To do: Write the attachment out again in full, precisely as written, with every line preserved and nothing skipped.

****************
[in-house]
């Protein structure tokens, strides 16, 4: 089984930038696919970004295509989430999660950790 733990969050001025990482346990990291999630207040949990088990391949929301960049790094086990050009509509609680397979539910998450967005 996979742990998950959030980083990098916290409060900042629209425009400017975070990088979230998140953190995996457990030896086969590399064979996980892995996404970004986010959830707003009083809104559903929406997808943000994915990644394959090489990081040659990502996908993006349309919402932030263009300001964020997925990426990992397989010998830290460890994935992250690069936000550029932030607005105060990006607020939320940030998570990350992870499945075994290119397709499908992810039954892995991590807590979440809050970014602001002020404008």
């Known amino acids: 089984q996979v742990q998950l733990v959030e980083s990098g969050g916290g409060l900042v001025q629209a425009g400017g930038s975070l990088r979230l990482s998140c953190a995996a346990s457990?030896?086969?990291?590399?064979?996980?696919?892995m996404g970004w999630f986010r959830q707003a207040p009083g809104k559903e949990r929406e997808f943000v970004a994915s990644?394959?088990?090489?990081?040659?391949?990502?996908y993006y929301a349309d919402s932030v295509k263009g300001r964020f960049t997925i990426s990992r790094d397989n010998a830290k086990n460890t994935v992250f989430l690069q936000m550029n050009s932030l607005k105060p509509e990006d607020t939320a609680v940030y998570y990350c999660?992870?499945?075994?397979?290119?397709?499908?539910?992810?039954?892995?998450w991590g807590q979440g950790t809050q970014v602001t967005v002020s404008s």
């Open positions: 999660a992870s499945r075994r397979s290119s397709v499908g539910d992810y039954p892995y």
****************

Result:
[in-house]
């Protein structure tokens, strides 16, 4: 089984930038696919970004295509989430999660950790 733990969050001025990482346990990291999630207040949990088990391949929301960049790094086990050009509509609680397979539910998450967005 996979742990998950959030980083990098916290409060900042629209425009400017975070990088979230998140953190995996457990030896086969590399064979996980892995996404970004986010959830707003009083809104559903929406997808943000994915990644394959090489990081040659990502996908993006349309919402932030263009300001964020997925990426990992397989010998830290460890994935992250690069936000550029932030607005105060990006607020939320940030998570990350992870499945075994290119397709499908992810039954892995991590807590979440809050970014602001002020404008």
């Known amino acids: 089984q996979v742990q998950l733990v959030e980083s990098g969050g916290g409060l900042v001025q629209a425009g400017g930038s975070l990088r979230l990482s998140c953190a995996a346990s457990?030896?086969?990291?590399?064979?996980?696919?892995m996404g970004w999630f986010r959830q707003a207040p009083g809104k559903e949990r929406e997808f943000v970004a994915s990644?394959?088990?090489?990081?040659?391949?990502?996908y993006y929301a349309d919402s932030v295509k263009g300001r964020f960049t997925i990426s990992r790094d397989n010998a830290k086990n460890t994935v992250f989430l690069q936000m550029n050009s932030l607005k105060p509509e990006d607020t939320a609680v940030y998570y990350c999660?992870?499945?075994?397979?290119?397709?499908?539910?992810?039954?892995?998450w991590g807590q979440g950790t809050q970014v602001t967005v002020s404008s």
């Open positions: 999660a992870s499945r075994r397979s290119s397709v499908g539910d992810y039954p892995y």